In the mean time a sort of scuffling-ground had been found in the brush in the angle, or point, where the road leading into the woods past the brewery and the one leading in past the brick-yard meet. From the scuffle-ground was the sign of something about the size of a man having been dragged to the edge of the thicket, where it joined the track of some small-wheeled carriage drawn by one horse, as shown by the road-tracks. The carriage-track led off toward Spring Creek. Near this drag-trail Dr. Merryman found two hairs, which, after a long scientific examination, he pronounced to be triangular human hair, which term, he says, includes within it the whiskers, the hair growing under the arms and on other parts of the body; and he judged that these two were of the whiskers, because the ends were cut, showing that they had flourished in the neighborhood of the razor's operations. On Thursday last Jim Maxcy brought in William Trailor from Warren. On the same day Arch. was arrested and put in jail. Yesterday (Friday) William was put upon his examining trial before May and Lovely. Archibald and Henry were both present. Lamborn prosecuted, and Logan, Baker, and your humble servant defended. A great many witnesses were introduced and examined, but I shall only mention those whose testimony seemed most important. The first of these was Captain Ransdell. He swore that when William and Henry left Springfield for home on Tuesday before mentioned, they did not take the direct route, which, you know, leads by the butcher shop,- but that they followed the street north until they got opposite, or nearly opposite, May's new house, after which he could not see them from where he stood; and it was afterward proved that in about an hour after they started, they came into the street by the butcher shop from toward the brick-yard. Dr. Merryman and others swore to what is stated about the scuffle-ground, drag-trail, whiskers, and carriage-tracks. Henry was then introduced by the prosecution. He swore that when they started for home, they went out north, as Ransdell stated, and turned VOL. I.-4.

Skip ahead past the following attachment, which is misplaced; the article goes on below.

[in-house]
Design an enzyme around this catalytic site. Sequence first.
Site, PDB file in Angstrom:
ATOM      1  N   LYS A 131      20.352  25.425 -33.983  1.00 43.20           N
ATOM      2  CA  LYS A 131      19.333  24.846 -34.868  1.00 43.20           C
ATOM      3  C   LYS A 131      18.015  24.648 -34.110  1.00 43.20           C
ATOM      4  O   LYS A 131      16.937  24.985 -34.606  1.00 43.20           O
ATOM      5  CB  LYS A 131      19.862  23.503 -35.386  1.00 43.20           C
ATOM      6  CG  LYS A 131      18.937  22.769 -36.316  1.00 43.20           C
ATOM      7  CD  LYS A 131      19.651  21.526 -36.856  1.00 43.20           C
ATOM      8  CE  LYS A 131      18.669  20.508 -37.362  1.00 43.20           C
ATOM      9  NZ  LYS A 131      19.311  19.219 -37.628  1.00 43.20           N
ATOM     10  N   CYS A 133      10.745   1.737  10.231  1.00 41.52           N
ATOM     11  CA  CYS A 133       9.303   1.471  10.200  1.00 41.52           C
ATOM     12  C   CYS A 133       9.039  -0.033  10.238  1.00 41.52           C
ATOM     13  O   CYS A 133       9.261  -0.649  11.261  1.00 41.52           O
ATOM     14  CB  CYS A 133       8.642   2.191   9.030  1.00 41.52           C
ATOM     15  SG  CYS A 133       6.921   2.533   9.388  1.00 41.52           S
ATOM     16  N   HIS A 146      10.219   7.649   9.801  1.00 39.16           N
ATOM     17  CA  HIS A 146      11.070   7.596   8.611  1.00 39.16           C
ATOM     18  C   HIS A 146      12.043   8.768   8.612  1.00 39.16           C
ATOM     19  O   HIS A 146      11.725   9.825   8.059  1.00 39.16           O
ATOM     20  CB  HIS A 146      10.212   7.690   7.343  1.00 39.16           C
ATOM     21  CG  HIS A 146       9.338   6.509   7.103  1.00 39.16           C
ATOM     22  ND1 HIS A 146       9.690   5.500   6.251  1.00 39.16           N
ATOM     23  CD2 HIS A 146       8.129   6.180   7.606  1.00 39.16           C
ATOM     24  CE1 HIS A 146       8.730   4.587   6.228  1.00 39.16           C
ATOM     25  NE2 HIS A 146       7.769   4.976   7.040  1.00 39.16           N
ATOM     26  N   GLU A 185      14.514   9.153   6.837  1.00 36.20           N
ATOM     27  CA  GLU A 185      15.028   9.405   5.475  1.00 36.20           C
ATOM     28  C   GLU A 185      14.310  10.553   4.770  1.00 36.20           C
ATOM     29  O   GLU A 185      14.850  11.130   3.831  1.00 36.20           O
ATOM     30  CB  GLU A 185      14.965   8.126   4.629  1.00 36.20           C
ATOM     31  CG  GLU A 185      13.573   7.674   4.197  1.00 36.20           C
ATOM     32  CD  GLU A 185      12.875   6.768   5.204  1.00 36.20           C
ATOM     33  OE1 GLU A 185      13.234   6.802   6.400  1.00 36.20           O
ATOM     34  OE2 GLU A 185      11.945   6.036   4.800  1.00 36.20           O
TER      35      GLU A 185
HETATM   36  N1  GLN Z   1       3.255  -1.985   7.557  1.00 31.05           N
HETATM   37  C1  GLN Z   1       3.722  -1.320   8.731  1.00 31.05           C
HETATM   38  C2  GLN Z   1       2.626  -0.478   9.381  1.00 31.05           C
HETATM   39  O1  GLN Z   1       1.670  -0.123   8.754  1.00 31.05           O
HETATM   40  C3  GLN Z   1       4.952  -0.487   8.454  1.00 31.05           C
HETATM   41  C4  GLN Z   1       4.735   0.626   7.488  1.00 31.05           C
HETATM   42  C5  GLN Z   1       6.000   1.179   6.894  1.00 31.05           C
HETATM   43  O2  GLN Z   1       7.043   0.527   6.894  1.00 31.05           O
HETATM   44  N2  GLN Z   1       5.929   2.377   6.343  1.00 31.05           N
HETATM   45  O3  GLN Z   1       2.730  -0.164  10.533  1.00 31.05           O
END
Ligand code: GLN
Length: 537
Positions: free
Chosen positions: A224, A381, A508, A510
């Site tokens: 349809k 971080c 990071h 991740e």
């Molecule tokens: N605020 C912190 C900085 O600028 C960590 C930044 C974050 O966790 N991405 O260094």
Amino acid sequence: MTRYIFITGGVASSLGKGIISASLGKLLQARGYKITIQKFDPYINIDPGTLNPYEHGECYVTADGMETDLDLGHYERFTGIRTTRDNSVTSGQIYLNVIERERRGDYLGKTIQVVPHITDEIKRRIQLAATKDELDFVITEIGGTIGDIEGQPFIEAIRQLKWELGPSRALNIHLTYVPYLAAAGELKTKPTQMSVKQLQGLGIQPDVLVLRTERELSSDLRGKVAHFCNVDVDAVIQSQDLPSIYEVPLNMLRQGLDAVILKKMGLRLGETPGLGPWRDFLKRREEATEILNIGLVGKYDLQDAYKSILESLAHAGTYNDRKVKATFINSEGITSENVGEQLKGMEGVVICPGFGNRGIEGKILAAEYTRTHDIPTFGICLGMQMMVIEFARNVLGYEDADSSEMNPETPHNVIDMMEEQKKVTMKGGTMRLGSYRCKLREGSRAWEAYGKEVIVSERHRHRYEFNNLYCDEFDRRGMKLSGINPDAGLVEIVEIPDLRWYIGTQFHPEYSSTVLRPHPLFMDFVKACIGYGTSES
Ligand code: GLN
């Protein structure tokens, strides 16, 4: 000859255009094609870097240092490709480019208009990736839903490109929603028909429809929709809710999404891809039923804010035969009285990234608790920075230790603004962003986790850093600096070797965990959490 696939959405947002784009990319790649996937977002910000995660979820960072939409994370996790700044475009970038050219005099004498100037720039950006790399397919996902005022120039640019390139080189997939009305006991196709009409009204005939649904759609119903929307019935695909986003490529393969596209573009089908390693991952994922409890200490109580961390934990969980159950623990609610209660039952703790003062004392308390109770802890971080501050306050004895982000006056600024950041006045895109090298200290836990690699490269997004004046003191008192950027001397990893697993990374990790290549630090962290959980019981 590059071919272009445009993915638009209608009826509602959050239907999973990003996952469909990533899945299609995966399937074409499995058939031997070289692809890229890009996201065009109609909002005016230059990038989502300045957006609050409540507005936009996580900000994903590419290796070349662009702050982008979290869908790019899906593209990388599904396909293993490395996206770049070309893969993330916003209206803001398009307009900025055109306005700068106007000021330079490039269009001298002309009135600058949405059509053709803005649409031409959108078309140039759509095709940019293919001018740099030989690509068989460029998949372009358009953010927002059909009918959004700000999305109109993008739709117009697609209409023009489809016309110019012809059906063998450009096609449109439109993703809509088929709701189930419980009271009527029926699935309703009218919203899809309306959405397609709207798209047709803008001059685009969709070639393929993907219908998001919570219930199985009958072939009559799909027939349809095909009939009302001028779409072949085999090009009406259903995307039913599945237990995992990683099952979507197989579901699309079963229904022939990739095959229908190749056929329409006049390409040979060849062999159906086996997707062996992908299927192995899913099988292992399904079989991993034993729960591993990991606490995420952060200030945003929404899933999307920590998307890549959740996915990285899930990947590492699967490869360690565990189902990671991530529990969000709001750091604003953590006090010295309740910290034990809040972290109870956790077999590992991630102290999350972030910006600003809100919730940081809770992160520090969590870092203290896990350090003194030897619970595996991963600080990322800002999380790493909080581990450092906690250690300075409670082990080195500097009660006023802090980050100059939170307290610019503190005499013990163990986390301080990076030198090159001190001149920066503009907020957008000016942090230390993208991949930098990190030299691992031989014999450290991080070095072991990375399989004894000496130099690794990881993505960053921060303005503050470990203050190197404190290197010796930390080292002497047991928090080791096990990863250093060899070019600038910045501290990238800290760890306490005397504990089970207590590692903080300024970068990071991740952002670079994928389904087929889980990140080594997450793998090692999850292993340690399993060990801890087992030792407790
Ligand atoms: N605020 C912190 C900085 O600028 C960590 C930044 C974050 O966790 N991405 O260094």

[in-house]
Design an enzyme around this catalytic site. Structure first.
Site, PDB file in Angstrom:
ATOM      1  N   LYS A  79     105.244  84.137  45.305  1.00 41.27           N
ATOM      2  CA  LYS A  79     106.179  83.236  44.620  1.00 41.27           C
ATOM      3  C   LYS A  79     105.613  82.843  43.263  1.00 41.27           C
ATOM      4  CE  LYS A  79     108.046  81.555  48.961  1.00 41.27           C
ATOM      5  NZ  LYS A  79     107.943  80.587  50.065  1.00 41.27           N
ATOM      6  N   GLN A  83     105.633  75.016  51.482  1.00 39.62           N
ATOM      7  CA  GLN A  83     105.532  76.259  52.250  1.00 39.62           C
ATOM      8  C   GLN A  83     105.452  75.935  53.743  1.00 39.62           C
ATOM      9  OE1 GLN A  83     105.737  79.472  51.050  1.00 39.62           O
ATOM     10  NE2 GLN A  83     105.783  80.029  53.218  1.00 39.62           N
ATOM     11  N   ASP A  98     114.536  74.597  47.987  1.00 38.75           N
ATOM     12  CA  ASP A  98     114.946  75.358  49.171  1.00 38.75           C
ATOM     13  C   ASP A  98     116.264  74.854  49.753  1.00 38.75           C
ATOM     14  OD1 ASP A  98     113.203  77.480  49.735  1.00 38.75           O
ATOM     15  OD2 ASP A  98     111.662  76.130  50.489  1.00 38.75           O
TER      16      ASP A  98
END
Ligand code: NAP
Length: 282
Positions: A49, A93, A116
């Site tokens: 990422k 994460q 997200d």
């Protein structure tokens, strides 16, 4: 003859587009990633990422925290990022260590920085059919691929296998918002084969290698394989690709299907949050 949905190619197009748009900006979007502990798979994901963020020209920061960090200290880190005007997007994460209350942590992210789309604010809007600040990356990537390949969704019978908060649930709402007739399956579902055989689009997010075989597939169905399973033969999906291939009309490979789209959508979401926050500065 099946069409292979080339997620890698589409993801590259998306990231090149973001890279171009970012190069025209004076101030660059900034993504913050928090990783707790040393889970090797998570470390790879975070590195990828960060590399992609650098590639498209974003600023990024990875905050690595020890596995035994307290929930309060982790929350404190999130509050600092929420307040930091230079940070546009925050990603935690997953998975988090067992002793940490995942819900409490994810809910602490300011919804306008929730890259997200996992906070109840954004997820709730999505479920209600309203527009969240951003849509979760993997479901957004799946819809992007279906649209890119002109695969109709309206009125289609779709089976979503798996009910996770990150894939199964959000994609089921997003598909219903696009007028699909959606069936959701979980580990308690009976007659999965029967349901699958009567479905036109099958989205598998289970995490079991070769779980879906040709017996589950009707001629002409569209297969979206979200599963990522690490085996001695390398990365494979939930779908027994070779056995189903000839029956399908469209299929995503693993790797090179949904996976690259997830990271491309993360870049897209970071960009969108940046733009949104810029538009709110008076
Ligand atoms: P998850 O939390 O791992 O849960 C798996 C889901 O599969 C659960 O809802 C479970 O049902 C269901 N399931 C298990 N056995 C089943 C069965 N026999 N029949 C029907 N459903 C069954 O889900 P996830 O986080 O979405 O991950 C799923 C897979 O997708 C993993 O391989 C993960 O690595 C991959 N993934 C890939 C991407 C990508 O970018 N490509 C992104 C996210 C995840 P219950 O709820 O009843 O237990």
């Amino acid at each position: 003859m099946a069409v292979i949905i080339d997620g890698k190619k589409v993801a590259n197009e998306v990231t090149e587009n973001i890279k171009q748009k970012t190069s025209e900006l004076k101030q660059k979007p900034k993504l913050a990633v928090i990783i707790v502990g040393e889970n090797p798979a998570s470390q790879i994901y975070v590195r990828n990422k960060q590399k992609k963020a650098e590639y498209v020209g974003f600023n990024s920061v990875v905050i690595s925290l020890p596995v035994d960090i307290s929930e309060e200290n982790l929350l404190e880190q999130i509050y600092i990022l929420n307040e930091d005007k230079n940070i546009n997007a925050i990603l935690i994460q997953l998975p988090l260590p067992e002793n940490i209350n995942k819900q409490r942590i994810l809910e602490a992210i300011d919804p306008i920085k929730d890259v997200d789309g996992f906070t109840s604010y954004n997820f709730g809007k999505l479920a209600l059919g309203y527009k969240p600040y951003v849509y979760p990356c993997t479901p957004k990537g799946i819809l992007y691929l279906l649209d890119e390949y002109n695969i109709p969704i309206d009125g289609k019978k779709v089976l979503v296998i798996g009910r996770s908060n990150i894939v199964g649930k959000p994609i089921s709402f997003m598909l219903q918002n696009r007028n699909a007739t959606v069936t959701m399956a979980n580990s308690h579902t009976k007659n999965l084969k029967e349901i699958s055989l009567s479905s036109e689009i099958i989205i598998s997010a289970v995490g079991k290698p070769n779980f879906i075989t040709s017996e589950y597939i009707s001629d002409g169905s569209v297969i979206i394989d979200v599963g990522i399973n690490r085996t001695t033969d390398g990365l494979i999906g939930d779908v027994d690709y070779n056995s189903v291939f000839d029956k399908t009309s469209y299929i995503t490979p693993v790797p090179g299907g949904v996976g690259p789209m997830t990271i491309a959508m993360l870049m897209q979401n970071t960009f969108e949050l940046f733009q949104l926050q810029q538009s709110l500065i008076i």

down west by the brick-yard into the woods, and there met Archibald; that they proceeded a small distance farther, when he was placed as a sentinel to watch for and announce the approach of any one that might happen that way; that William and Arch. took the dearborn out of the road a small distance to the edge of the thicket, where they stopped, and he saw them lift the body of a man into it; that they then moved off with the carriage in the direction of Hickox's mill, and he loitered about for something like an hour, when William returned with the carriage, but without Arch., and said they had put him in a safe place; that they went somehow-he did not know exactly how-into the road close to the brewery, and proceeded on to Clary's Grove. He also stated that some time during the day William told him that he and Arch. had killed Fisher the evening before; that the way they did it was by him (William) knocking him down with a club, and Arch. then choking him to death.